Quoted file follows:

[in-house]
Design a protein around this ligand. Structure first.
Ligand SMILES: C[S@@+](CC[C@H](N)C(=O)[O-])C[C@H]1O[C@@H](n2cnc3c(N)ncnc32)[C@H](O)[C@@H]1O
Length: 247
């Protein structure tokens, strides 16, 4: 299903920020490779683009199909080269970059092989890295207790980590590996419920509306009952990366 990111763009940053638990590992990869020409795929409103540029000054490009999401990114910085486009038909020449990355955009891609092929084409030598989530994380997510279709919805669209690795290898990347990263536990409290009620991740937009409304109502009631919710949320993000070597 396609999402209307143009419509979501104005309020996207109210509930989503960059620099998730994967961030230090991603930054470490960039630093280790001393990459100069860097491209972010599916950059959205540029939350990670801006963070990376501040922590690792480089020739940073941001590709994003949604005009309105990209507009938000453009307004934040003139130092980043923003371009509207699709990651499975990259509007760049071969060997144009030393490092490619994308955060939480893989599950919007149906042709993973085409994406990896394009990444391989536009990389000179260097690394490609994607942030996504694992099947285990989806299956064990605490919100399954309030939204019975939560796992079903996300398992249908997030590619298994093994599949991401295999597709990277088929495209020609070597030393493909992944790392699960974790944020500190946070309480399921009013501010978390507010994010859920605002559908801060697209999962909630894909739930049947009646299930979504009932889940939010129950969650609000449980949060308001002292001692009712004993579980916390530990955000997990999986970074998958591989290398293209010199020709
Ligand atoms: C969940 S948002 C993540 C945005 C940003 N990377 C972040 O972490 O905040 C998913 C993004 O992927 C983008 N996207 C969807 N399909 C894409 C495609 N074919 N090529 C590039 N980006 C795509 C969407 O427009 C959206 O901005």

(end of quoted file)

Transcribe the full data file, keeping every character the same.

[in-house]
Design a protein around this ligand. Structure first.
Ligand SMILES: C[S@@+](CC[C@H](N)C(=O)[O-])C[C@H]1O[C@@H](n2cnc3c(N)ncnc32)[C@H](O)[C@@H]1O
Length: 247
């Protein structure tokens, strides 16, 4: 299903920020490779683009199909080269970059092989890295207790980590590996419920509306009952990366 990111763009940053638990590992990869020409795929409103540029000054490009999401990114910085486009038909020449990355955009891609092929084409030598989530994380997510279709919805669209690795290898990347990263536990409290009620991740937009409304109502009631919710949320993000070597 396609999402209307143009419509979501104005309020996207109210509930989503960059620099998730994967961030230090991603930054470490960039630093280790001393990459100069860097491209972010599916950059959205540029939350990670801006963070990376501040922590690792480089020739940073941001590709994003949604005009309105990209507009938000453009307004934040003139130092980043923003371009509207699709990651499975990259509007760049071969060997144009030393490092490619994308955060939480893989599950919007149906042709993973085409994406990896394009990444391989536009990389000179260097690394490609994607942030996504694992099947285990989806299956064990605490919100399954309030939204019975939560796992079903996300398992249908997030590619298994093994599949991401295999597709990277088929495209020609070597030393493909992944790392699960974790944020500190946070309480399921009013501010978390507010994010859920605002559908801060697209999962909630894909739930049947009646299930979504009932889940939010129950969650609000449980949060308001002292001692009712004993579980916390530990955000997990999986970074998958591989290398293209010199020709
Ligand atoms: C969940 S948002 C993540 C945005 C940003 N990377 C972040 O972490 O905040 C998913 C993004 O992927 C983008 N996207 C969807 N399909 C894409 C495609 N074919 N090529 C590039 N980006 C795509 C969407 O427009 C959206 O901005």